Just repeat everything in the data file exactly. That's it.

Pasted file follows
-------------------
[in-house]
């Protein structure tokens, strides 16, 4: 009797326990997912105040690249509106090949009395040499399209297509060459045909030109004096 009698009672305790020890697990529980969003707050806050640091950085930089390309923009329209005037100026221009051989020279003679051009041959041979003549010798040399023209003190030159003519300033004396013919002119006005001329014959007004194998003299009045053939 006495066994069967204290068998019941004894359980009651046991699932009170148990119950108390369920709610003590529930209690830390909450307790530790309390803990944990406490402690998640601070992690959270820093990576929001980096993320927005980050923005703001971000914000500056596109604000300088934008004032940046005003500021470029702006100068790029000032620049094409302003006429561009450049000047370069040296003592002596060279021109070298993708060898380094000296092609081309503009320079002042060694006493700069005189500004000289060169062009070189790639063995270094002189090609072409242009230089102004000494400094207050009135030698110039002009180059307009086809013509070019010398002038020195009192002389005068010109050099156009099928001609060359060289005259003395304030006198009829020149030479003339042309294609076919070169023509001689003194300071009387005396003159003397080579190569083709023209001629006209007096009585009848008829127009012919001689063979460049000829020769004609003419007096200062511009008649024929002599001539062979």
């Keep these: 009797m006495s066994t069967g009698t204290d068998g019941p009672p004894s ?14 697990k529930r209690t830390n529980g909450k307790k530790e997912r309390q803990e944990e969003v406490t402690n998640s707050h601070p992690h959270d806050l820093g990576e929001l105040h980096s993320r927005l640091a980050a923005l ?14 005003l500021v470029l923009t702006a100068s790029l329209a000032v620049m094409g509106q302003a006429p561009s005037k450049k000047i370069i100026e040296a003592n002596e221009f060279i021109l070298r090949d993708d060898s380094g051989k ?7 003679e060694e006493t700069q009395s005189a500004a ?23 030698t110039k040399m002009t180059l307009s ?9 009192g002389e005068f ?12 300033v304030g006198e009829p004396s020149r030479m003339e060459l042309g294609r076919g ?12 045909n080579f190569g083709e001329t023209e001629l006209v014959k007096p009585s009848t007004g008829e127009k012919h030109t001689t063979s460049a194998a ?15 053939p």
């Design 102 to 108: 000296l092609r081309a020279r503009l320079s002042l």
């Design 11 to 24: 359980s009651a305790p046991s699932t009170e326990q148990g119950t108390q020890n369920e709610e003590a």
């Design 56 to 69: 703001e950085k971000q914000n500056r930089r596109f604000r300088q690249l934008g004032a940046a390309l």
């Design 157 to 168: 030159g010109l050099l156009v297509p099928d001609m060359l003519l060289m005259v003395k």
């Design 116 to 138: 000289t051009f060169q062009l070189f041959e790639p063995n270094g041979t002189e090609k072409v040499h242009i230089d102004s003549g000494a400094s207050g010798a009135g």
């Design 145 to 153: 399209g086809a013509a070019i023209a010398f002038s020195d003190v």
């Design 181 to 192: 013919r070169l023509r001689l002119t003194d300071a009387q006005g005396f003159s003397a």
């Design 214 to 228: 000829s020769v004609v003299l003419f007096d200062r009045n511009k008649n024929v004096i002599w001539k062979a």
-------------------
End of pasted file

[in-house]
């Protein structure tokens, strides 16, 4: 009797326990997912105040690249509106090949009395040499399209297509060459045909030109004096 009698009672305790020890697990529980969003707050806050640091950085930089390309923009329209005037100026221009051989020279003679051009041959041979003549010798040399023209003190030159003519300033004396013919002119006005001329014959007004194998003299009045053939 006495066994069967204290068998019941004894359980009651046991699932009170148990119950108390369920709610003590529930209690830390909450307790530790309390803990944990406490402690998640601070992690959270820093990576929001980096993320927005980050923005703001971000914000500056596109604000300088934008004032940046005003500021470029702006100068790029000032620049094409302003006429561009450049000047370069040296003592002596060279021109070298993708060898380094000296092609081309503009320079002042060694006493700069005189500004000289060169062009070189790639063995270094002189090609072409242009230089102004000494400094207050009135030698110039002009180059307009086809013509070019010398002038020195009192002389005068010109050099156009099928001609060359060289005259003395304030006198009829020149030479003339042309294609076919070169023509001689003194300071009387005396003159003397080579190569083709023209001629006209007096009585009848008829127009012919001689063979460049000829020769004609003419007096200062511009008649024929002599001539062979």
């Keep these: 009797m006495s066994t069967g009698t204290d068998g019941p009672p004894s ?14 697990k529930r209690t830390n529980g909450k307790k530790e997912r309390q803990e944990e969003v406490t402690n998640s707050h601070p992690h959270d806050l820093g990576e929001l105040h980096s993320r927005l640091a980050a923005l ?14 005003l500021v470029l923009t702006a100068s790029l329209a000032v620049m094409g509106q302003a006429p561009s005037k450049k000047i370069i100026e040296a003592n002596e221009f060279i021109l070298r090949d993708d060898s380094g051989k ?7 003679e060694e006493t700069q009395s005189a500004a ?23 030698t110039k040399m002009t180059l307009s ?9 009192g002389e005068f ?12 300033v304030g006198e009829p004396s020149r030479m003339e060459l042309g294609r076919g ?12 045909n080579f190569g083709e001329t023209e001629l006209v014959k007096p009585s009848t007004g008829e127009k012919h030109t001689t063979s460049a194998a ?15 053939p």
């Design 102 to 108: 000296l092609r081309a020279r503009l320079s002042l």
């Design 11 to 24: 359980s009651a305790p046991s699932t009170e326990q148990g119950t108390q020890n369920e709610e003590a």
């Design 56 to 69: 703001e950085k971000q914000n500056r930089r596109f604000r300088q690249l934008g004032a940046a390309l």
């Design 157 to 168: 030159g010109l050099l156009v297509p099928d001609m060359l003519l060289m005259v003395k």
């Design 116 to 138: 000289t051009f060169q062009l070189f041959e790639p063995n270094g041979t002189e090609k072409v040499h242009i230089d102004s003549g000494a400094s207050g010798a009135g």
């Design 145 to 153: 399209g086809a013509a070019i023209a010398f002038s020195d003190v």
């Design 181 to 192: 013919r070169l023509r001689l002119t003194d300071a009387q006005g005396f003159s003397a």
């Design 214 to 228: 000829s020769v004609v003299l003419f007096d200062r009045n511009k008649n024929v004096i002599w001539k062979a």